I think i'll put belts on the rear of my 24 tudor. sometimes it wants to lean and pick up the opposite side when i enter and exit a sharp turn. my tudor is a little top heavy . do you think it might help? Ken
Worth a try, although you may just need to take it a little more easy in the corners.
I think i'll put a set on the rear and see how it feels. if it does ok then i can go back to beating it like a rented mule. just kidding, got too much time and money in it to do that. Ken
Mark - you mentioned using the wood block method for installing the Ruckstell. For the benefit of those of us (well me at least) who have never replaced a rear end, could you explain how that is done? I assume you don't need a spring spreader tool? BTW, I really appreciate all the great photos you've posted of the process. Thanks.
You don't need a spring spreader. Loosen the perch bolts as much as you can while still having good thread engagement on the nut, then stuff wood blocks (pieces of 2x4 will do) between the end of the spring and the rear axle housing.
Then, lower the car down towards the rear axle. As the car lowers, the ends of the spring will slide along the wood blocks within reach of the spring perches.
Once the shackles have been installed, tighten the perch nuts back up and install the cotter pins.
Thanks Mark, that good to know. Seems pretty easy.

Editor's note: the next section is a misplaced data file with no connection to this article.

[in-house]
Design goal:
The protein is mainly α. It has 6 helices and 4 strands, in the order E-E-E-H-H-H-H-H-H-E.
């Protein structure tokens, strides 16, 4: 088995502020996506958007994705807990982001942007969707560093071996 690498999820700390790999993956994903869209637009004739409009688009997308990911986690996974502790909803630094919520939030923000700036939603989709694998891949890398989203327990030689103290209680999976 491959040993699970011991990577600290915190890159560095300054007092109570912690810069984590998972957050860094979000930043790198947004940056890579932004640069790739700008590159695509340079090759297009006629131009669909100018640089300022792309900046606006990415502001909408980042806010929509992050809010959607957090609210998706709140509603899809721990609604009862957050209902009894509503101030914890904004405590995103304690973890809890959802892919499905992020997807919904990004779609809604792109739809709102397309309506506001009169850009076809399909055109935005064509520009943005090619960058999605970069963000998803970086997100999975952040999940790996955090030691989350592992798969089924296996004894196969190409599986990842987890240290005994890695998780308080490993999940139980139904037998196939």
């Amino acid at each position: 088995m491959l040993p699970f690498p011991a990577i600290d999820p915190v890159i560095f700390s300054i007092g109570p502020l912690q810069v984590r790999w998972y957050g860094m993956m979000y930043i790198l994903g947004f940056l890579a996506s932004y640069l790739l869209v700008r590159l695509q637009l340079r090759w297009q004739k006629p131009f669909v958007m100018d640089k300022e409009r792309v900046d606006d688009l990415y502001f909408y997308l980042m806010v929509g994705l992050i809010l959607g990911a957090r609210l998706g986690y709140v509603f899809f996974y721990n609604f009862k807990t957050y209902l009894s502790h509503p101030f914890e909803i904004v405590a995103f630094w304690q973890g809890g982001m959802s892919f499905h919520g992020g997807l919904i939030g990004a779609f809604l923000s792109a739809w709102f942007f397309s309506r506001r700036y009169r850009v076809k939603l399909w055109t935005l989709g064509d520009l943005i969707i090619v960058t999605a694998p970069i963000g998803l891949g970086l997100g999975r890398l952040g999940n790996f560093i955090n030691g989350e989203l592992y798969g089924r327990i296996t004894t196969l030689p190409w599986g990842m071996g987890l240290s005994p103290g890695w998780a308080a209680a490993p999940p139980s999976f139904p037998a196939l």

Mark and others...
loosening the perches is only necessary on a light vehicle such as Mark's PU Truck or a Roadster. Any other T is heavy enough to spread the springs to meet the perches, and then some.
Just hoping to save someone from a little extra work that may not be needed.
Mark, am enjoying following your project
Mark, Could you take a picture of the front rebound straps?
I think it's something I might try on my touring.
Steve, here is a link to an older thread I started when I first installed my rebound straps, it has pics:
It's a good idea to loosen up the perches anyway, so the angle of the rear axle will be ok after installation. As far as the rebound straps, go for it. I have a 9 leaf rear spring in my pickup, as it is supposed to have, and when I go over railroad tracks it nearly throws me off the seat. That's just the way it is. I like the wood blocks too, I've used them many times when I couldn't get the use of a spring spreader. Your u-joint tool looks like it would be a nice tool. I have at least three old time U-Joint entering tools, as Ford calls them, and the standard Ford design works good, but is still to thick.